Plus - Letters to the Editor

Monks guilty of the desire for political power

A number of Buddhist monks submitted nomination papers for this week’s local government elections. They want political power. They desire the fruits of gainful emancipation. The monks too have become victims of desire (thanha).

On entering the Sasana, the Buddhist monk is expected to abandon all desire for comforts and wealth. The Lord Buddha would never have dreamt that his disciples in robes would become administrators or executives of government. He forbade monks from handling money and living a life of luxury.

When misguided monks enter the rat race of politics, the Buddha Sasana suffers. This is an unpardonable lapse. If we remain silent, this unhealthy trend could grow to monstrous proportions.

It is very surprising that the Nayaka Theras and lay citizens are so silent on this matter. This is something that demands the serious attention of the leaders of all political parties.

Why does the Election Commissioner accept nominations from Buddhist monks?

Leena Gunaratne, Piliyandala

The World Cup is a global tournament that should expand, not shrink

There is speculation that the ICC intends to field only 10 countries at the next World Cup. It is our guess that Canada, Ireland, the Netherlands and Kenya will be eliminated. Should this happen, the game of cricket in general and the World Cup in particular will suffer.

We proudly call it “The World Cup”, although only 14 out of more than 190 countries around the world participate in the international tournament. As it is, “World Cup” is a misnomer. With only 10 countries participating, can it be called the World Cup?

Will the next World Cup see teams like Canada (above) and Netherlands (below) out of it?

Presumably, the ICC considers four countries “not up to standard” or underperformers. The 10 Test playing countries did not reach their high standard overnight. It took them years – hundreds of games and thousands of practice hours – to gain the experience they have. England and Australia have played cricket for more than a century. Sri Lanka and Bangladesh had to wait a long while to gain Test status. But today they play in the World Cup, and they perform brilliantly. How did they achieve this?

The ICC was responsible. The ICC gave these teams the opportunity to play numerous matches with experienced teams such as England and Australia. And Sri Lanka and Bangladesh were eventually ready to play in the World Cup.

The four countries earmarked for elimination are, like the present 10 Test-playing nations, very enthusiastic and have a great interest in playing cricket. They have their own national teams and they look forward to playing with other cricket-playing nations, and in the World Cup.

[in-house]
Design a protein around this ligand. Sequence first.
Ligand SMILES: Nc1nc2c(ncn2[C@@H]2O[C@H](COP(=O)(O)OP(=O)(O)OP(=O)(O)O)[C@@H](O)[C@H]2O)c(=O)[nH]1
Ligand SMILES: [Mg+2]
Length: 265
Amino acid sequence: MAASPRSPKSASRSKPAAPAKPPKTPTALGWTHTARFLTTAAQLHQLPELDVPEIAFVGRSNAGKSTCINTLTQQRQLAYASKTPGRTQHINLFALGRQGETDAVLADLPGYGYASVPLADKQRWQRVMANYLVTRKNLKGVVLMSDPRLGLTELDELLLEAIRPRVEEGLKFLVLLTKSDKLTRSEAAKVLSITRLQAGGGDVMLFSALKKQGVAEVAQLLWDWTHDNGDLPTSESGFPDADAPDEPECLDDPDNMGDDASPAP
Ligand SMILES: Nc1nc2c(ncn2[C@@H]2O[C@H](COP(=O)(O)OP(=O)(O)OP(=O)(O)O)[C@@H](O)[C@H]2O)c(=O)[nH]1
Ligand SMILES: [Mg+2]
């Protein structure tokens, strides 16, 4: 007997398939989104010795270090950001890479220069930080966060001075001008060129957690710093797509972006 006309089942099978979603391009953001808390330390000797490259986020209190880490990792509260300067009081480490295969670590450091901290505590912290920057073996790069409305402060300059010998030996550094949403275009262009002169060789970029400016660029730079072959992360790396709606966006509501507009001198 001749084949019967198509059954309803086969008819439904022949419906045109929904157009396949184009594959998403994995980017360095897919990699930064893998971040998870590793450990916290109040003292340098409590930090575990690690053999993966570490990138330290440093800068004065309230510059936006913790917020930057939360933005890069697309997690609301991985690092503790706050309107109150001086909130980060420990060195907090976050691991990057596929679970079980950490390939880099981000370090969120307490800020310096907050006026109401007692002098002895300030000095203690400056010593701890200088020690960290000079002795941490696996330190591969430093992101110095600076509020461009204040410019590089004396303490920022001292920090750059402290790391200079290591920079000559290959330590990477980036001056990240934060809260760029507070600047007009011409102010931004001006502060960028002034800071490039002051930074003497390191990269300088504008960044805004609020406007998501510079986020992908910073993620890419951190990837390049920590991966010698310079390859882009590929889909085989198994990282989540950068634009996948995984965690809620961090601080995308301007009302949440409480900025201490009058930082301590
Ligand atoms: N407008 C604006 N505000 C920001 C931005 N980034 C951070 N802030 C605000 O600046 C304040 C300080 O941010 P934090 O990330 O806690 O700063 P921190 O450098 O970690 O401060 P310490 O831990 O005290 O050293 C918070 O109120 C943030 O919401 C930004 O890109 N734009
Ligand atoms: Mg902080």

The ICC should expose these four countries to more international cricket, and bring them into the family of World Cup-playing nations. To eliminate these four countries would be unreasonable and most unsporting. If the ICC have their way, we can expect to see the same 10 nations playing against each other forever.

Cricket has become commercialised, with high stakes. The ICC probably think these four “underperformers” are not drawing enough spectators, and that it is a waste of time arranging World Cup matches for them.

Meanwhile, the experienced teams have been honing their game and upping their run rate playing with the underperforming teams.

There should be 14 teams playing the World Cup, and later 15, 16 and so on. The more teams, the merrier. Only then would it be a true “World” Cup.

B. Joseph, Hendala, Wattala

Dehiwela pavements a pain to walk on

Priority should be given to widening pavements on either side of the flyover

The pavements between the shops and streams of traffic on either side of the Dehiwela flyover are very narrow. There is not enough room for four people to walk abreast.

Top priority should have been given to widening the pavement and putting up protective steel railings.

Further, the unprotected pavement has an unfinished surface, with unevenly placed concrete slabs. This is a big problem for senior citizens and pensioners walking along these pavements.

The north side (seaside) of the roundabout is a total mess at peak hours, and a headache for the poor traffic police.

Another problem is the use of the roundabout pedestrian crossing as a bus-stand for buses travelling south from Mt. Lavinia to Colombo. A simple solution would be to move the present bus halt a few paces to the YMBA area.

W. Meadows, Dehiwela

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